Lives destroyed by a poisoned drink
Thirty-year-old Mafizur Jamadar worked in Calcutta.
He collected what people threw away and tried to sell it so that he could feed his family in the tiny village of Garijala.
He took the train from Calcutta to Sangrampur. Before heading home he went to one of the local illegal liquor dens to have a drink.
He paid 10 rupees (19 US cents) for a one-litre plastic bag filled with alcohol. It was the last drink he had.
The shop he bought it from has been smashed up.
Outside it there is still a large crowd. They are angry. One man tells me that the police take bribes and let them run these illegal drinking shacks.
Another says the main man behind the lucrative business has run away. He points to the police camp which is just in front of them. "What where they doing?" he asks.
These shacks are where India's poor come to drink. To try to forget their daily struggle to survive.
West Bengal's Chief Minister Mamata Banerjee has ordered an inquiry into what happened. She has also promised to shut down the illegal drinking dens. But few here think that anything will change.
Just a few kilometres down from Sangrampur is Mafizur's village.
It is a snapshot of the poverty of rural West Bengal. It has open sewers and the 200 families who reside here live in mud huts.
Three people have died here after drinking the toxic alcohol.
One of the bodies has just been buried among the bamboo trees. The women of this village are sat in a circle crying for those they have lost.
The lifeless body of Mazifur is in the middle, waiting to be buried.
He still has a hospital sticker with his name on his forehead. His mother is sitting with her grandson on her lap.
She said when he arrived home on Tuesday he had dinner and went to bed. On Wednesday morning when he woke up he was vomiting and feeling dizzy. They rushed him to the district hospital at Diamond Harbour. As his condition worsened, he was transferred to Calcutta. He died on the way.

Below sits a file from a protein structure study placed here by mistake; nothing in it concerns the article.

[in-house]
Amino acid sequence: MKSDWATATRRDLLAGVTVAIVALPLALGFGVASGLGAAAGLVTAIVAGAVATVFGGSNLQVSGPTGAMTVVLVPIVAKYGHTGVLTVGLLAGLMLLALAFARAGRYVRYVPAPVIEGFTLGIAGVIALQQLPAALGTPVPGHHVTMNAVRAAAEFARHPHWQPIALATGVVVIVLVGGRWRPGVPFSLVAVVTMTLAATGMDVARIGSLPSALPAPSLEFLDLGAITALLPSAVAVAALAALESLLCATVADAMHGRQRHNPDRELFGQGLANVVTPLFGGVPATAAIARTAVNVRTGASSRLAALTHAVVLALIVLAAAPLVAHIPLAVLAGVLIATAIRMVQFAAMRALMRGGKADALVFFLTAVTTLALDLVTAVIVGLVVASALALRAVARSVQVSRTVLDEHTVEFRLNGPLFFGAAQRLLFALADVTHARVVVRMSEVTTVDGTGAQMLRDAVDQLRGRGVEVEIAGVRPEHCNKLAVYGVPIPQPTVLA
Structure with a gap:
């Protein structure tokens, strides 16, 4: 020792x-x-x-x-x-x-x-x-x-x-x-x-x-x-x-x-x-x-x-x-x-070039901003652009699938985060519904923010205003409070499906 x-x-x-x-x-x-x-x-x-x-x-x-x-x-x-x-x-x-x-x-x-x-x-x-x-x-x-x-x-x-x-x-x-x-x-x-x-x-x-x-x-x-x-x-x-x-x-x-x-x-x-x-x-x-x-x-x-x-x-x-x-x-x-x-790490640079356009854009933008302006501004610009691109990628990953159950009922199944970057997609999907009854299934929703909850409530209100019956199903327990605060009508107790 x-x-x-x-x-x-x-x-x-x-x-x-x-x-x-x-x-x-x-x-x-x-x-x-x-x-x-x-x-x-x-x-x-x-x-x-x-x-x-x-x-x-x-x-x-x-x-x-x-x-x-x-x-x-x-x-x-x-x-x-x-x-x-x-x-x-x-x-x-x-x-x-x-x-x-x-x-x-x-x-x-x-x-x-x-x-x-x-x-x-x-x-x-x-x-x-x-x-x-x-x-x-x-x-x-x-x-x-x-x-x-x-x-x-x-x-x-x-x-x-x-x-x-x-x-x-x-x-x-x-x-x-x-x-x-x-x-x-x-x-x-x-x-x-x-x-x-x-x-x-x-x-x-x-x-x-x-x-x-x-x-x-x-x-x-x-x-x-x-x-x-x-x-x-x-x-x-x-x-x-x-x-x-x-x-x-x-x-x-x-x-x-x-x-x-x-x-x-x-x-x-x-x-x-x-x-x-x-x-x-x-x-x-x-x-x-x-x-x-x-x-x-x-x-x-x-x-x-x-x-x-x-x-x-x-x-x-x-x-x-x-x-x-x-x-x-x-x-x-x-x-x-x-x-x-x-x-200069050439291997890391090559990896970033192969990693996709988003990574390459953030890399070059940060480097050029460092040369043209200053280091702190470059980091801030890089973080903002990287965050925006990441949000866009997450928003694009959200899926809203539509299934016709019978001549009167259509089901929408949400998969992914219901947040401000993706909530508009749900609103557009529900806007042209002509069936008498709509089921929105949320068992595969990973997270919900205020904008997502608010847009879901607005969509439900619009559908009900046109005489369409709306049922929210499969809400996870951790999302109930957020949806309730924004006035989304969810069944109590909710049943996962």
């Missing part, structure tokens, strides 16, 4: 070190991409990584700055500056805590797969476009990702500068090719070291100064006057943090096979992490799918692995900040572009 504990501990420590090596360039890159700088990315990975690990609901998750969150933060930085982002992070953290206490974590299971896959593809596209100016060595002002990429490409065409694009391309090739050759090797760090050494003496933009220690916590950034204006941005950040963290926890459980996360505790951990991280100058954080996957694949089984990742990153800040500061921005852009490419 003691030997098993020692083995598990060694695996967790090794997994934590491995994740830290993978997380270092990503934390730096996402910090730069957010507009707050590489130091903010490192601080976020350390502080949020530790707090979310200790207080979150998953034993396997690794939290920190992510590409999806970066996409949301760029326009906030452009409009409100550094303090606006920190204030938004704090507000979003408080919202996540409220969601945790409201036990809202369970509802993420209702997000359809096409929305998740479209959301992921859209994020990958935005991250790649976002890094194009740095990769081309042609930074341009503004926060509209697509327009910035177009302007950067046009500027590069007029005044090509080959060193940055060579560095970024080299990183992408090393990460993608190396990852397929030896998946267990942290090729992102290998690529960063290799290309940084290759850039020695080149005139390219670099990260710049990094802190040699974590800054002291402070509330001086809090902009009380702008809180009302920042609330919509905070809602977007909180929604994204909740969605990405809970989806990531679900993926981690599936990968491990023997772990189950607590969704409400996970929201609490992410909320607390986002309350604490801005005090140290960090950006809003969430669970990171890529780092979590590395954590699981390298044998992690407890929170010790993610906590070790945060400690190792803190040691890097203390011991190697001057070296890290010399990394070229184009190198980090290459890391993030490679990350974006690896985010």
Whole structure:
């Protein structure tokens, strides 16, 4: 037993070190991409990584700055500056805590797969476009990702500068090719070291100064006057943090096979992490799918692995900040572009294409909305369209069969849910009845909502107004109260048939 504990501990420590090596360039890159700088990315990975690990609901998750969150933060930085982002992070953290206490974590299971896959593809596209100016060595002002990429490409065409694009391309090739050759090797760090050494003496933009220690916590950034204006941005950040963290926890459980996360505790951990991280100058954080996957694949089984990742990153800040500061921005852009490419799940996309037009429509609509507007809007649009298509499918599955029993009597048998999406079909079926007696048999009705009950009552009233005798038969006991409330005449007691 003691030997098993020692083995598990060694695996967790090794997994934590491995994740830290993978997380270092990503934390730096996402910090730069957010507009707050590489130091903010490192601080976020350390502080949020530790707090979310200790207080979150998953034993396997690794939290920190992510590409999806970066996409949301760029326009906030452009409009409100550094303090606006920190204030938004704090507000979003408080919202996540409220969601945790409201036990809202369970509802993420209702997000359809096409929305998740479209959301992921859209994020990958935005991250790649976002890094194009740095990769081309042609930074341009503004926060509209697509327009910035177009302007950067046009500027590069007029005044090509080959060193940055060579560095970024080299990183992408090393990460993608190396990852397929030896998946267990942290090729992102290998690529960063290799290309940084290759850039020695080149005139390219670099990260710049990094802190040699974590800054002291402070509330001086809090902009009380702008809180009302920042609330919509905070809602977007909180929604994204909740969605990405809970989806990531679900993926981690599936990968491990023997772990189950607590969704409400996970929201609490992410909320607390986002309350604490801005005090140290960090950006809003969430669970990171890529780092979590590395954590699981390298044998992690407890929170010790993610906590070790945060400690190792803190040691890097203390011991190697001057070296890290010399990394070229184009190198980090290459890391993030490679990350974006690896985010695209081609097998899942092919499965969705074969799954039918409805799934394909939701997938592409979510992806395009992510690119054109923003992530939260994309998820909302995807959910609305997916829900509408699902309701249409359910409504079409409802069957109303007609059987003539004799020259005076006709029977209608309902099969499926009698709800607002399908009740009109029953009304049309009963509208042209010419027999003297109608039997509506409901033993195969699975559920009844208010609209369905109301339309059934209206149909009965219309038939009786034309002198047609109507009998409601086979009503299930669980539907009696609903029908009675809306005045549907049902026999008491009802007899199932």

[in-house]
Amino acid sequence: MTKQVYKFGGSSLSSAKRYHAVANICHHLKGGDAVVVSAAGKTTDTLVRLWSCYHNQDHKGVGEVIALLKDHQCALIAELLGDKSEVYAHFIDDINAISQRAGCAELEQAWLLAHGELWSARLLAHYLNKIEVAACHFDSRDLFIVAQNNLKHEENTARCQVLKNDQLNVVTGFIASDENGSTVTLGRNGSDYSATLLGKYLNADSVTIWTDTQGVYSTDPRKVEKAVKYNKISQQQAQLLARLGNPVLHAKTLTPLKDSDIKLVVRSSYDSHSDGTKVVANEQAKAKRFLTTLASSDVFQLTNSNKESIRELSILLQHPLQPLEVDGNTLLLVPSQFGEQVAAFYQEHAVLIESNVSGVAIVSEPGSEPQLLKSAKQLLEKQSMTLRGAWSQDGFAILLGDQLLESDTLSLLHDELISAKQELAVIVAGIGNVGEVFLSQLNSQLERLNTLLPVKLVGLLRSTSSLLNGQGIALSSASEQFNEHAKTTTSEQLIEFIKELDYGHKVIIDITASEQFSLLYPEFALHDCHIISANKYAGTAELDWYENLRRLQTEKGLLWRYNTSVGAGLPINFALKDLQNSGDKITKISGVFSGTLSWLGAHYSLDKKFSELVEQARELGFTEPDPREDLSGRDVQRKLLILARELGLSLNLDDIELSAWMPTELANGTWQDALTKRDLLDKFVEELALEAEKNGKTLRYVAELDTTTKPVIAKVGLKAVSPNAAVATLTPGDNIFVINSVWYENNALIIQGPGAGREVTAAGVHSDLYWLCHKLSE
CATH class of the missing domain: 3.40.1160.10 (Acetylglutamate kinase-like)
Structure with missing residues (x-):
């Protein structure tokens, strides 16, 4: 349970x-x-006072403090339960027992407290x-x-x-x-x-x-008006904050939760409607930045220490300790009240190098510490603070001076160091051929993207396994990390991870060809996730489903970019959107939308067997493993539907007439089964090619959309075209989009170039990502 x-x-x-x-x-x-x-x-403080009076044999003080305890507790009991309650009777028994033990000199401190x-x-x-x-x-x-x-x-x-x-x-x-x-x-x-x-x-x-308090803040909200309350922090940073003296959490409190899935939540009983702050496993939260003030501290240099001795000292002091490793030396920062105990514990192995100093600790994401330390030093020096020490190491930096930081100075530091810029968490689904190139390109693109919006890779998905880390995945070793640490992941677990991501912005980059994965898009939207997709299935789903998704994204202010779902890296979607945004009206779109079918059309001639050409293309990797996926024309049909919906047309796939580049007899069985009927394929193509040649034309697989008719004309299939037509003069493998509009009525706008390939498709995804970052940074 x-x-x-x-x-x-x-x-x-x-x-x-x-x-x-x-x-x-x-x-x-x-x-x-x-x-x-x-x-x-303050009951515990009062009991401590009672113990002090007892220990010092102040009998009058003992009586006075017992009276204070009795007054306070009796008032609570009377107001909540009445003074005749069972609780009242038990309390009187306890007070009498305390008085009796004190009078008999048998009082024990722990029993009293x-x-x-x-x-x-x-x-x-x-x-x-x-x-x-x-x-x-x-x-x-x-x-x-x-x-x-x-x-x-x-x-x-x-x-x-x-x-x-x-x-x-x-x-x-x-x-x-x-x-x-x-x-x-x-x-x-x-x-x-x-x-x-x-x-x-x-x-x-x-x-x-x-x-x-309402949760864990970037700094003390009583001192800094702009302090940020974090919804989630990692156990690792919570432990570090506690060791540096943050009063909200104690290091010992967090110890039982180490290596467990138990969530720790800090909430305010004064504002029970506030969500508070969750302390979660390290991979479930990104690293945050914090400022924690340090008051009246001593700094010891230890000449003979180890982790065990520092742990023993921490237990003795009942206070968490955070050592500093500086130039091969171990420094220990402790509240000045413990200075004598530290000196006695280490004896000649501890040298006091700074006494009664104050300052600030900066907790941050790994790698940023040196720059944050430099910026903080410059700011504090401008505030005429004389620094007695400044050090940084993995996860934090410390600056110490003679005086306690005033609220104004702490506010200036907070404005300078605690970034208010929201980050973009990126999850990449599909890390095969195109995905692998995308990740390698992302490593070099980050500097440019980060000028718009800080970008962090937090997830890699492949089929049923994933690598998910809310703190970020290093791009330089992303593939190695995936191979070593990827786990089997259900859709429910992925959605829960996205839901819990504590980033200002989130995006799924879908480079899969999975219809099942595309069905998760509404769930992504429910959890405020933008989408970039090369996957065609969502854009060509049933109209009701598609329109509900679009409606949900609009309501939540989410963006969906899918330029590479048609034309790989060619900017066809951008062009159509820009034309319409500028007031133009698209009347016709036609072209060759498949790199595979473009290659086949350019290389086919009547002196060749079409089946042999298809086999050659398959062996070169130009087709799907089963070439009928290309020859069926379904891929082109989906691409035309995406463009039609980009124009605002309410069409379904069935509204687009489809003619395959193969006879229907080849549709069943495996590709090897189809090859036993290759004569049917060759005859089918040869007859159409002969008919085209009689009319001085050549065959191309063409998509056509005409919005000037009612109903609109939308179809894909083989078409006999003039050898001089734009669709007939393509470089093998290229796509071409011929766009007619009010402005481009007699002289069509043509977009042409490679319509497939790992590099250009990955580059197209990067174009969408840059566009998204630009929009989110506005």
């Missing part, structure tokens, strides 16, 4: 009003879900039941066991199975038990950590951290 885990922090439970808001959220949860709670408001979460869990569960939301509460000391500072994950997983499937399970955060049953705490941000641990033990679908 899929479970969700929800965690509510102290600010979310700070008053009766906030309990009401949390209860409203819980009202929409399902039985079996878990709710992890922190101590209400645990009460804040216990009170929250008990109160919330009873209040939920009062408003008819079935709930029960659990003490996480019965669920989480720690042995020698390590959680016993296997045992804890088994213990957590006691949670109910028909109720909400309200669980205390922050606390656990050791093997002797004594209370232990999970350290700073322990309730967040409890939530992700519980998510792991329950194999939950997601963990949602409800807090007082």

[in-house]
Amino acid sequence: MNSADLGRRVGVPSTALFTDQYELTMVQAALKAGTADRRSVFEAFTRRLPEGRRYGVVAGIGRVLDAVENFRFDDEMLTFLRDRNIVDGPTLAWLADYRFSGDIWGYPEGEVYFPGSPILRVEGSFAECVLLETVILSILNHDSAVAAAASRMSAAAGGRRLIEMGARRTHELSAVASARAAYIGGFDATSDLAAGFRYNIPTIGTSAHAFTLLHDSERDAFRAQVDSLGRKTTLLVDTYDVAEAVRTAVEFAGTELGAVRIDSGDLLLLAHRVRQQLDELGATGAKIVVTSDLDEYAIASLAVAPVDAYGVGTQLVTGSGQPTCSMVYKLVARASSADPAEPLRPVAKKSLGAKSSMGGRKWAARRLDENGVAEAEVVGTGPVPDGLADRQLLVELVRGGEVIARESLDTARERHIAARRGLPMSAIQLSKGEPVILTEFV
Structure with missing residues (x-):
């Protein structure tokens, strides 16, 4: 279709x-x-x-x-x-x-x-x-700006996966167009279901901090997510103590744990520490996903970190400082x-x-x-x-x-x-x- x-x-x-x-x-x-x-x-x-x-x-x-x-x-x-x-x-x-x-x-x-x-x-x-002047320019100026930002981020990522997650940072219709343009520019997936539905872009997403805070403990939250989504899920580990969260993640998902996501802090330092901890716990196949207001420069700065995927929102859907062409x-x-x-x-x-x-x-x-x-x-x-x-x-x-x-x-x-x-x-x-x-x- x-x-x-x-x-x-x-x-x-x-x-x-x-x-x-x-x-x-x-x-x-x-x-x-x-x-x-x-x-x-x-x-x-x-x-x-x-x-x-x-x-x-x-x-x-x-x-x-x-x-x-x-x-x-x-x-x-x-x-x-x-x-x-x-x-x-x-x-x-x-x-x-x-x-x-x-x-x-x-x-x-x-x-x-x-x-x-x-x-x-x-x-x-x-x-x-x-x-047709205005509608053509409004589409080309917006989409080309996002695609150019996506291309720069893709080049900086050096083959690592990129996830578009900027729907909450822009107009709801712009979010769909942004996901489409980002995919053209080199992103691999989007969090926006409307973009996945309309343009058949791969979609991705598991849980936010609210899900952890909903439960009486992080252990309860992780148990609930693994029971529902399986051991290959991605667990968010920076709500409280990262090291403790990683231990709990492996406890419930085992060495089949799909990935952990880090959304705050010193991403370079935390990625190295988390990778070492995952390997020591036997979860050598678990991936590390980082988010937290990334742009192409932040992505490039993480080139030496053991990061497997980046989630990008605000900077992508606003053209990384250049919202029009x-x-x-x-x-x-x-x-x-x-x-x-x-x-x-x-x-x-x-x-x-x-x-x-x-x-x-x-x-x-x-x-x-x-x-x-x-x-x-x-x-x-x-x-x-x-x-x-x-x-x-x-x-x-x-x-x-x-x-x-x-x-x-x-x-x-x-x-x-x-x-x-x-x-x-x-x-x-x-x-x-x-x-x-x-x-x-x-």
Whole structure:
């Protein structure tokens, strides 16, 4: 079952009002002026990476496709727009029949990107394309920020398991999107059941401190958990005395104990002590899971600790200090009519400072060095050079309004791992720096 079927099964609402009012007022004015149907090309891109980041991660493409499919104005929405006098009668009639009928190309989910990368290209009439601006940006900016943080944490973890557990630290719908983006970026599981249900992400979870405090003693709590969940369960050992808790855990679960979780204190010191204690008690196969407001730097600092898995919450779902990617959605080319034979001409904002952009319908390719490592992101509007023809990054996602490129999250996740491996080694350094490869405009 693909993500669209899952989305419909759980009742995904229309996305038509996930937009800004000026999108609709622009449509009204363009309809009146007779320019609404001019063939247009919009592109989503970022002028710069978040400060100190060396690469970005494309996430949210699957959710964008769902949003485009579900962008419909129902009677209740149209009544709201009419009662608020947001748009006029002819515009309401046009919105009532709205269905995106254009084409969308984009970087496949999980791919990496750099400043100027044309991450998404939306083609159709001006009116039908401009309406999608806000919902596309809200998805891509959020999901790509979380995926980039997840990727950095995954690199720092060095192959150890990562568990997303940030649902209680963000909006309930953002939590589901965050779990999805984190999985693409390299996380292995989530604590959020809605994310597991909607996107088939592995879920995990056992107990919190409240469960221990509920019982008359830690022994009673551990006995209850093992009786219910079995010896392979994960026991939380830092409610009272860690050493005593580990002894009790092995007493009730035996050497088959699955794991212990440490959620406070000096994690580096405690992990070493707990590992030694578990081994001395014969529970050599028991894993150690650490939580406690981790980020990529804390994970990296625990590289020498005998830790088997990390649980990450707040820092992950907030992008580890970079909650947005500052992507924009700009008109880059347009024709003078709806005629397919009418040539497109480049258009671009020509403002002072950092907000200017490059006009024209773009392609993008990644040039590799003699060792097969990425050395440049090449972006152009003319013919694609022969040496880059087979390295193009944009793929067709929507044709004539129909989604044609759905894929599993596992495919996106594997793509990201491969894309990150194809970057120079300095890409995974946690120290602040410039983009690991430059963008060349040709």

He is one of many. More than 125 people have died and many more are in a critical condition.
At the district hospital the corridor is lined with people fighting for their lives. Their saline drips are attached to the windows as there is not enough space for them.
Ali Hasan Ullah is so weak that he can hardly speak. He is scared after seeing so many people die around him.
He tells me how he had a drink on Wednesday afternoon, almost 24 hours after the first deaths had been reported.
He is one of the many patients that Dr Saikat Kundu is treating here.
For the past few days he has had been working around the clock. Every hour, more and more patients are arriving at this hospital.
From what he has seen, he says that the symptoms point to methyl alcohol poisoning.
It must have been in large quantities as many patients died before they even reached the hospital.
He points outside to where the bodies are piled up in a small cart.
As I walk down the corridor there is a large crowd outside the office of the man in charge of this hospital, Chiranjit Murmu.
"We can't cope with the number of patients coming," he tells me. He says it is difficult to know what the exact numbers are because so many people died in the villages and their bodies have not yet been brought to the hospital.
Back in Garijala they are getting ready to bury Mafizur's body.
There are similar scenes in villages across this district.
The people who live here are among India's poorest.
The government has promised them compensation. But many here are sceptical as to whether they will ever receive it. For many, one drink has destroyed their lives.